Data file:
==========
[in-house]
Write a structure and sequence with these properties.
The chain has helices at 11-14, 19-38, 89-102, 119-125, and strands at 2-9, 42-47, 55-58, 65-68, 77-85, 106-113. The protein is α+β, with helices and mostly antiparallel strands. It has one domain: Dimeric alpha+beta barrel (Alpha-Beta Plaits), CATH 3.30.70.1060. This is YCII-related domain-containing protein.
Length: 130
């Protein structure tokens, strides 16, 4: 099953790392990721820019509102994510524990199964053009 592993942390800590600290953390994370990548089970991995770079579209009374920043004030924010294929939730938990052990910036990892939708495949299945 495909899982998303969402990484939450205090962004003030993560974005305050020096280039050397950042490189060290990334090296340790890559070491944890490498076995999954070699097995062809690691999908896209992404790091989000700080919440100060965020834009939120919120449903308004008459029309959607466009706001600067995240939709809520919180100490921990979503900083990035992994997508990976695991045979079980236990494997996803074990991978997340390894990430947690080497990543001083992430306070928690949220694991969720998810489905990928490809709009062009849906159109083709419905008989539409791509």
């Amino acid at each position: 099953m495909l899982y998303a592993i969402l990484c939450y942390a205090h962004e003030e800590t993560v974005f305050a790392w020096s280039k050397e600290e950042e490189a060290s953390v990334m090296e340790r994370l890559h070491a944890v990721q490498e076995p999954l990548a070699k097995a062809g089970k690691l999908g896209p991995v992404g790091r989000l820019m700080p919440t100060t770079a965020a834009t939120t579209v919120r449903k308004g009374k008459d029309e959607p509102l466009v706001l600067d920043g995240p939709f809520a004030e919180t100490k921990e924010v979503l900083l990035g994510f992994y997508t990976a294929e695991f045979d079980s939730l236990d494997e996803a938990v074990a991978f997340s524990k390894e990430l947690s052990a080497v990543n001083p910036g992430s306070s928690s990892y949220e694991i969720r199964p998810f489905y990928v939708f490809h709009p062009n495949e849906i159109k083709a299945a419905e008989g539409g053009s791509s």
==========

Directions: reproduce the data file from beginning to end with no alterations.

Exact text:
[in-house]
Write a structure and sequence with these properties.
The chain has helices at 11-14, 19-38, 89-102, 119-125, and strands at 2-9, 42-47, 55-58, 65-68, 77-85, 106-113. The protein is α+β, with helices and mostly antiparallel strands. It has one domain: Dimeric alpha+beta barrel (Alpha-Beta Plaits), CATH 3.30.70.1060. This is YCII-related domain-containing protein.
Length: 130
């Protein structure tokens, strides 16, 4: 099953790392990721820019509102994510524990199964053009 592993942390800590600290953390994370990548089970991995770079579209009374920043004030924010294929939730938990052990910036990892939708495949299945 495909899982998303969402990484939450205090962004003030993560974005305050020096280039050397950042490189060290990334090296340790890559070491944890490498076995999954070699097995062809690691999908896209992404790091989000700080919440100060965020834009939120919120449903308004008459029309959607466009706001600067995240939709809520919180100490921990979503900083990035992994997508990976695991045979079980236990494997996803074990991978997340390894990430947690080497990543001083992430306070928690949220694991969720998810489905990928490809709009062009849906159109083709419905008989539409791509």
């Amino acid at each position: 099953m495909l899982y998303a592993i969402l990484c939450y942390a205090h962004e003030e800590t993560v974005f305050a790392w020096s280039k050397e600290e950042e490189a060290s953390v990334m090296e340790r994370l890559h070491a944890v990721q490498e076995p999954l990548a070699k097995a062809g089970k690691l999908g896209p991995v992404g790091r989000l820019m700080p919440t100060t770079a965020a834009t939120t579209v919120r449903k308004g009374k008459d029309e959607p509102l466009v706001l600067d920043g995240p939709f809520a004030e919180t100490k921990e924010v979503l900083l990035g994510f992994y997508t990976a294929e695991f045979d079980s939730l236990d494997e996803a938990v074990a991978f997340s524990k390894e990430l947690s052990a080497v990543n001083p910036g992430s306070s928690s990892y949220e694991i969720r199964p998810f489905y990928v939708f490809h709009p062009n495949e849906i159109k083709a299945a419905e008989g539409g053009s791509s």